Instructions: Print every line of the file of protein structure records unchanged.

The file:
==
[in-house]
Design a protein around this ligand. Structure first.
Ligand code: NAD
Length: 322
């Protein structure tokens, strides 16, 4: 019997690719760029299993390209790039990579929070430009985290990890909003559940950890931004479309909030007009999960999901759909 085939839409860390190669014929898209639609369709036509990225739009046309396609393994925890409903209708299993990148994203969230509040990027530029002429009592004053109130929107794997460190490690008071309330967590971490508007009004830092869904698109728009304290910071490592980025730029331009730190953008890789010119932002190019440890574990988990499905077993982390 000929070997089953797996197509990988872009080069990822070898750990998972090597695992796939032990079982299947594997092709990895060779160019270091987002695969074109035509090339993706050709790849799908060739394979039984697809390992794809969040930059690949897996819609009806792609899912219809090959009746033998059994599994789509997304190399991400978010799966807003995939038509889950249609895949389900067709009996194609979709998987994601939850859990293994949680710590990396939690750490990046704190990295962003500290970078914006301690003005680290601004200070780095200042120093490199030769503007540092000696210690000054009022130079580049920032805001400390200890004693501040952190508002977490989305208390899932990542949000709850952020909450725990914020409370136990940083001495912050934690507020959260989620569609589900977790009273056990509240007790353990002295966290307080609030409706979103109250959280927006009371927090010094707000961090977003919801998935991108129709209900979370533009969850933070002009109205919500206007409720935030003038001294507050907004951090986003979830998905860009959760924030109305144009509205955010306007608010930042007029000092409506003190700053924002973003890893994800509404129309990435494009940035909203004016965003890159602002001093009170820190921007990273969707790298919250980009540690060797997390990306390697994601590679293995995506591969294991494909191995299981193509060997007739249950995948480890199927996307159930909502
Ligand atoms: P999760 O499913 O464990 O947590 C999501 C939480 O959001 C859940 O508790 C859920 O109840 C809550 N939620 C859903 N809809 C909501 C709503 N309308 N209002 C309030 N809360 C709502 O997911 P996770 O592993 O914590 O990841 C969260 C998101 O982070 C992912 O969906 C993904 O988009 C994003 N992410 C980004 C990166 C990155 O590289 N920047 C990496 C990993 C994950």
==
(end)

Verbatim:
[in-house]
Design a protein around this ligand. Structure first.
Ligand code: NAD
Length: 322
């Protein structure tokens, strides 16, 4: 019997690719760029299993390209790039990579929070430009985290990890909003559940950890931004479309909030007009999960999901759909 085939839409860390190669014929898209639609369709036509990225739009046309396609393994925890409903209708299993990148994203969230509040990027530029002429009592004053109130929107794997460190490690008071309330967590971490508007009004830092869904698109728009304290910071490592980025730029331009730190953008890789010119932002190019440890574990988990499905077993982390 000929070997089953797996197509990988872009080069990822070898750990998972090597695992796939032990079982299947594997092709990895060779160019270091987002695969074109035509090339993706050709790849799908060739394979039984697809390992794809969040930059690949897996819609009806792609899912219809090959009746033998059994599994789509997304190399991400978010799966807003995939038509889950249609895949389900067709009996194609979709998987994601939850859990293994949680710590990396939690750490990046704190990295962003500290970078914006301690003005680290601004200070780095200042120093490199030769503007540092000696210690000054009022130079580049920032805001400390200890004693501040952190508002977490989305208390899932990542949000709850952020909450725990914020409370136990940083001495912050934690507020959260989620569609589900977790009273056990509240007790353990002295966290307080609030409706979103109250959280927006009371927090010094707000961090977003919801998935991108129709209900979370533009969850933070002009109205919500206007409720935030003038001294507050907004951090986003979830998905860009959760924030109305144009509205955010306007608010930042007029000092409506003190700053924002973003890893994800509404129309990435494009940035909203004016965003890159602002001093009170820190921007990273969707790298919250980009540690060797997390990306390697994601590679293995995506591969294991494909191995299981193509060997007739249950995948480890199927996307159930909502
Ligand atoms: P999760 O499913 O464990 O947590 C999501 C939480 O959001 C859940 O508790 C859920 O109840 C809550 N939620 C859903 N809809 C909501 C709503 N309308 N209002 C309030 N809360 C709502 O997911 P996770 O592993 O914590 O990841 C969260 C998101 O982070 C992912 O969906 C993904 O988009 C994003 N992410 C980004 C990166 C990155 O590289 N920047 C990496 C990993 C994950």